Research reveals Da Vinci Code impact – 21 years after publication

Visitors to Rosslyn Chapel are still strongly influenced by its role in The Da Vinci Code according to new research undertaken to mark the 21st anniversary of the book, which was first published on 18th March 2003.

Research carried out by Shanks Research Consultancy with 6,677 Chapel visitors between March 2023 and March 2024, reveals that –

  • 49% of visitors said that Dan Brown’s novel, and the subsequent film, was a factor influencing their decision to visit the historic site.
  • 72% of them had read the book and seen the film.
  • 43% of them said that The Da Vinci Code was either a ‘very important or important’ influence.

Ian Gardner, Director of Rosslyn Chapel Trust, said ‘It is remarkable that The Da Vinci Code continues to have such a strong influence on our visitors, 21 years since it first appeared. It has had a huge impact on the profile of Rosslyn Chapel and has significantly increased levels of visitor numbers, which rose from 38,141 to 79,916 after the book was published and to more than 176,000 when the film was released. This has helped us complete a comprehensive conservation project at the Chapel and undertake a major programme of restoration and repair at Rosslyn Castle, enabling  future generations to appreciate these unique buildings.’

In 2023, the Chapel welcomed 142,211 visitors, as numbers started to increase following the pandemic.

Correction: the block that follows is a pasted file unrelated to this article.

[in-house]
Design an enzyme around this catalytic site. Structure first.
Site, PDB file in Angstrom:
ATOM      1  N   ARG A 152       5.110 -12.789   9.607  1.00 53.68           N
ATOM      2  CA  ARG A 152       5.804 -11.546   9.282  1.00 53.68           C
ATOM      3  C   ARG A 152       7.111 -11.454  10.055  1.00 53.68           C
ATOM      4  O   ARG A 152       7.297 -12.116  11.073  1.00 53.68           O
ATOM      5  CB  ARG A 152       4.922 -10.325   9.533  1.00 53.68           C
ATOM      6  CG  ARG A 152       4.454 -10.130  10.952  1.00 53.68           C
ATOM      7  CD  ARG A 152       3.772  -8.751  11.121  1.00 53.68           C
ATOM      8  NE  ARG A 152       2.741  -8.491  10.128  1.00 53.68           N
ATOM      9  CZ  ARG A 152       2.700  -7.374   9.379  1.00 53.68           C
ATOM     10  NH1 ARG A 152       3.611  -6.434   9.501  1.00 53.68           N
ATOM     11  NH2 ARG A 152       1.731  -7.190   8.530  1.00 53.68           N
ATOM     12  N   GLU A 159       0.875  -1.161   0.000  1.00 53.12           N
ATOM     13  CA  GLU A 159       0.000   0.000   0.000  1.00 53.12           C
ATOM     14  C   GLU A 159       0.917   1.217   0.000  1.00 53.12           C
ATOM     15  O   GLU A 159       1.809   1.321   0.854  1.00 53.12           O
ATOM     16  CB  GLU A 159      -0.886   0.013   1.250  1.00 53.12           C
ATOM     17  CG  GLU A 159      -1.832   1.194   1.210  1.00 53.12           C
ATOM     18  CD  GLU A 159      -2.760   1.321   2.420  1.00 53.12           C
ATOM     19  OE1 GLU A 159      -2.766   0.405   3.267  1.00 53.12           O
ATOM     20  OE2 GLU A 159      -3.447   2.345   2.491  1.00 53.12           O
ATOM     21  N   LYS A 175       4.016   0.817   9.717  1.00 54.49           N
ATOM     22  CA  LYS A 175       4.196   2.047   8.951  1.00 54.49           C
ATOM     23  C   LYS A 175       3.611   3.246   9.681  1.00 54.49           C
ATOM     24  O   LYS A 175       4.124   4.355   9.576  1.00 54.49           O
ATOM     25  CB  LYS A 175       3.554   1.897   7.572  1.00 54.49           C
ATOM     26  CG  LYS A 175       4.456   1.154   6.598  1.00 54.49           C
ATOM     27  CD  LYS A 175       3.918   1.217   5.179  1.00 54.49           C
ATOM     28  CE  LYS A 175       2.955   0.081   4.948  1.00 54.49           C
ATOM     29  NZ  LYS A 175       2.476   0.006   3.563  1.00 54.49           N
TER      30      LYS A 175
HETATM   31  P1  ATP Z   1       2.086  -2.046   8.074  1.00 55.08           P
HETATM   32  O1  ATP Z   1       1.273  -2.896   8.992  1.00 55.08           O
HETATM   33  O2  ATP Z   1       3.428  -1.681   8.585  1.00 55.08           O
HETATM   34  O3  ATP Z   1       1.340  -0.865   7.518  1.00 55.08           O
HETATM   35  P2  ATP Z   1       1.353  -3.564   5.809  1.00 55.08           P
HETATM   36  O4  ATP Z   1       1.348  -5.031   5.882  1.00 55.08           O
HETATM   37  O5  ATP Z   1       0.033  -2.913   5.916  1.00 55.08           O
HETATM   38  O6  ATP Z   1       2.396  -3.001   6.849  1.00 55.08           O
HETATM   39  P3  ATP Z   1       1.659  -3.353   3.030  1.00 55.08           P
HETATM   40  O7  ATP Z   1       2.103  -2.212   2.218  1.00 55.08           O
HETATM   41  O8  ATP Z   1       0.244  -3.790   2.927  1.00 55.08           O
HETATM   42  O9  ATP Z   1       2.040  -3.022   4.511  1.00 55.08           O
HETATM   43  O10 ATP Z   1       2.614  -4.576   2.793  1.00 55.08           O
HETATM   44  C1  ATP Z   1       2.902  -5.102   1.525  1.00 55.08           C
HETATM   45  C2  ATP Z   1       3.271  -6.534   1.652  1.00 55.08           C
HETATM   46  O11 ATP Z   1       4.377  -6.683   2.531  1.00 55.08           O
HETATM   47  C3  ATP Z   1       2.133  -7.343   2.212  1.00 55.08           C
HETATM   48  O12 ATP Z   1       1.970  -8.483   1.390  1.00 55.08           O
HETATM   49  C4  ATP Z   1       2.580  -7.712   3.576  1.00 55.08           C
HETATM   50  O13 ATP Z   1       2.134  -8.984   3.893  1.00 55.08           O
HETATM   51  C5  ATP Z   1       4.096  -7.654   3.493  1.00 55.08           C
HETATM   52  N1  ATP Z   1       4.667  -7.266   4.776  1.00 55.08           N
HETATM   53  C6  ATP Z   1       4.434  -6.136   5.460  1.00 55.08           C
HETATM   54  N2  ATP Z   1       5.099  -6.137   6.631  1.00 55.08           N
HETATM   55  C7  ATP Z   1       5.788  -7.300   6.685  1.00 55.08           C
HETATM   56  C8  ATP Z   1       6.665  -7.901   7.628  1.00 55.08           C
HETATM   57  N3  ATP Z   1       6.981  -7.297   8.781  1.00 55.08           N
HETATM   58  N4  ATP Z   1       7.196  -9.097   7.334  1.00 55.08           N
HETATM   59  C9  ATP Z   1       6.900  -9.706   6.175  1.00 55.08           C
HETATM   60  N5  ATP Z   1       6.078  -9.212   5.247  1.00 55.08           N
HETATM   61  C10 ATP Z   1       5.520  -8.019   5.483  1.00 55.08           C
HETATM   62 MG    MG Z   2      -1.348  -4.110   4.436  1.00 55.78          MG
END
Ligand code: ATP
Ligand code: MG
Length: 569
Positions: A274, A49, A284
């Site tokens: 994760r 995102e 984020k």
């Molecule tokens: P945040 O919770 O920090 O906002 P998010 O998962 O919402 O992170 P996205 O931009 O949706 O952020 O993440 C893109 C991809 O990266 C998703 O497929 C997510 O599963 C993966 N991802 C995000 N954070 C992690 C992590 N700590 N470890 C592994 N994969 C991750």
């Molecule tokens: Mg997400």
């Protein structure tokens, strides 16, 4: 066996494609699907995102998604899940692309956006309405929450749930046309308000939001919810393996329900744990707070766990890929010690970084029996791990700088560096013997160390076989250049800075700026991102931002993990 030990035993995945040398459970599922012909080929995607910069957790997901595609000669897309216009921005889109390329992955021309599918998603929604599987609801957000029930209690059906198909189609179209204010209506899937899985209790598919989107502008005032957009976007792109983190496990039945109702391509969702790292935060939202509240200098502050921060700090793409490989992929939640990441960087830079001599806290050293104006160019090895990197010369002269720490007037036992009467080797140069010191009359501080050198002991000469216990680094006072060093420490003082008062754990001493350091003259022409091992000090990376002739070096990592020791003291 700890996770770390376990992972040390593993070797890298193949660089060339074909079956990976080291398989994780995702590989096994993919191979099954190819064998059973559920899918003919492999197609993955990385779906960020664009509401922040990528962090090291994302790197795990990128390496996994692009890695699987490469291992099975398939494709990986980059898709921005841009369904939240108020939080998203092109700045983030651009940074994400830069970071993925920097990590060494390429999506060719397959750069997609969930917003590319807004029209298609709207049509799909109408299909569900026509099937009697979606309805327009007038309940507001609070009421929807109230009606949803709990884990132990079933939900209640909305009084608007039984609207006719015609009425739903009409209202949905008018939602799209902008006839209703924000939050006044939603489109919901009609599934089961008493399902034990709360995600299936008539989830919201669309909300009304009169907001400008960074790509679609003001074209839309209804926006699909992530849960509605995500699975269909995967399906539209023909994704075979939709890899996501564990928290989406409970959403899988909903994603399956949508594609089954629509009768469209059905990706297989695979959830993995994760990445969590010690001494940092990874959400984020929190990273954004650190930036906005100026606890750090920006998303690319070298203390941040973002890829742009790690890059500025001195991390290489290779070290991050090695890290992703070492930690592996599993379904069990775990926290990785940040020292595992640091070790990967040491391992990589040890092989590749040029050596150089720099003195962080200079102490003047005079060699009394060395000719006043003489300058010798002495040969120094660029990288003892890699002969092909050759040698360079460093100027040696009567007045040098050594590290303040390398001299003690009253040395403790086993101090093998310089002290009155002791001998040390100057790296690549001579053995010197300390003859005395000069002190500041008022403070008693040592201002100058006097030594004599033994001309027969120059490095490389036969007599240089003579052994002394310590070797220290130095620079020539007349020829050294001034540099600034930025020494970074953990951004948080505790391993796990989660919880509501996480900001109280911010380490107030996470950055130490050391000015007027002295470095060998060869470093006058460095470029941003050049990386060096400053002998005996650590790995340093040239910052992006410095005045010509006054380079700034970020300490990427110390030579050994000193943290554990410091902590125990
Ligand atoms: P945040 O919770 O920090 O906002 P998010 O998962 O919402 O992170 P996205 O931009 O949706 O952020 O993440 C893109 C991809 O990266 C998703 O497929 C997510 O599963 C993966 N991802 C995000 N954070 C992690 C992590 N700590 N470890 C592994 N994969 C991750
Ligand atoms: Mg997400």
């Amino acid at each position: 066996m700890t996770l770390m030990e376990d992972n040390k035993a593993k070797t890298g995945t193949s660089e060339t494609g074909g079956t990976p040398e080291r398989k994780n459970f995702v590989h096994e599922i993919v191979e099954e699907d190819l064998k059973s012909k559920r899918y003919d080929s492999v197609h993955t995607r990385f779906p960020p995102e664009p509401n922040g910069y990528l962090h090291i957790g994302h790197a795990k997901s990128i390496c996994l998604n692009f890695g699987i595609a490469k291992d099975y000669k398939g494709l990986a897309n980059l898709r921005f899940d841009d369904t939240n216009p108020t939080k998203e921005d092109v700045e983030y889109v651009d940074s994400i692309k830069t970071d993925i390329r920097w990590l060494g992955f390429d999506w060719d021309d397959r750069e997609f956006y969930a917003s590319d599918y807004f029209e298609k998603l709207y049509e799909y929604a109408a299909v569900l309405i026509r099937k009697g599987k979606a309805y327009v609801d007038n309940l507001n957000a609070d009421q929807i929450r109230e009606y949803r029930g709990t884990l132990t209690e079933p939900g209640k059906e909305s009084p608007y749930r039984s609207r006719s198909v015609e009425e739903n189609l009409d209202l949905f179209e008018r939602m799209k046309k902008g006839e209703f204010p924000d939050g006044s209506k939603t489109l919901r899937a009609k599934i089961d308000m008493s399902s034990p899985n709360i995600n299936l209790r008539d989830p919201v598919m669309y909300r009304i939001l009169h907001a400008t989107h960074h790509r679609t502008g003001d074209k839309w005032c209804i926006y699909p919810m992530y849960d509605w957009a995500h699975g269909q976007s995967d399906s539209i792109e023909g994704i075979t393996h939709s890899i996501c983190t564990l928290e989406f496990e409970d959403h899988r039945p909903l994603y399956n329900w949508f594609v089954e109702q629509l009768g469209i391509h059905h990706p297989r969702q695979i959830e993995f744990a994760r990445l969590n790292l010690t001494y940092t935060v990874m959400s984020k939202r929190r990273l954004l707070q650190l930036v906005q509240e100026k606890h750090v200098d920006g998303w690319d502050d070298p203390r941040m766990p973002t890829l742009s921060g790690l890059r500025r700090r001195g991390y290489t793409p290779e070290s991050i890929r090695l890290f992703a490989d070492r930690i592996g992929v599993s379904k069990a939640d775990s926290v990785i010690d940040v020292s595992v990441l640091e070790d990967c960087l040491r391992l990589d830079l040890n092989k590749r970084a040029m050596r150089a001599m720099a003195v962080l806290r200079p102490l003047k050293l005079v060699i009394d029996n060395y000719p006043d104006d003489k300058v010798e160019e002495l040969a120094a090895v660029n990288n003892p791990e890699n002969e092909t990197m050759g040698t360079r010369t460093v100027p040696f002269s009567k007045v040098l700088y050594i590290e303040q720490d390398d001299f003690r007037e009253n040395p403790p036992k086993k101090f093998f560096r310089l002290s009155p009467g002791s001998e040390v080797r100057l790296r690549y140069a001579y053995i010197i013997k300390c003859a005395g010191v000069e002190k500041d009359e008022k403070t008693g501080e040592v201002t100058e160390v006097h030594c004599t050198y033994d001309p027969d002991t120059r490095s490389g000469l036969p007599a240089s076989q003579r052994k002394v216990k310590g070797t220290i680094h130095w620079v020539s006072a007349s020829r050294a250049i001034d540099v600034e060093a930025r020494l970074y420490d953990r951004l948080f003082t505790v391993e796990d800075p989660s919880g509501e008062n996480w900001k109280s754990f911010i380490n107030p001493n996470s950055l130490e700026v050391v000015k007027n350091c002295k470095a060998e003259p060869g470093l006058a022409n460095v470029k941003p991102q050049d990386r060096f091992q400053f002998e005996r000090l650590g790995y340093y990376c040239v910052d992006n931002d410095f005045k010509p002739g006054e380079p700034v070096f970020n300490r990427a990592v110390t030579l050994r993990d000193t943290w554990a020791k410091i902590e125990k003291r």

In the story of The Da Vinci Code, the main characters, Robert Langdon and Sophie Neveu, investigate a murder in the Louvre and, in doing so, follow a set of clues to unravel a mystery to find the Holy Grail, taking them to London and then to Rosslyn Chapel. Since publication, the novel has been translated into 44 languages and has sold more than an estimated 80 million copies, making it one of the best-selling novels of all time.

Neil Christison, VisitScotland’s Regional Director, said: ‘Rosslyn Chapel is one of Scotland’s iconic attractions and a hugely important driver of tourism in Midlothian. The Da Vinci Code was a global phenomenon and it’s wonderful that the book and film are still influencing visitors to this day. This new research chimes with our own visitor surveys which continue to show that film and television productions are still referenced by visitors, sometimes decades, after their initial release.’

He continued: ‘Scotland’s historic sites have been the backdrop to many productions, and this is a great example of the positive impact of screen tourism, which can help support the conservation of our amazing built heritage.’

Dan Brown has previously said: ‘When I decided to write The Da Vinci Code, I knew that its finale would have to take place at the most mysterious and magical Chapel on earth – Rosslyn’.


18 March 2024|Categories: Tourism|
The Official Rosslyn Chapel Website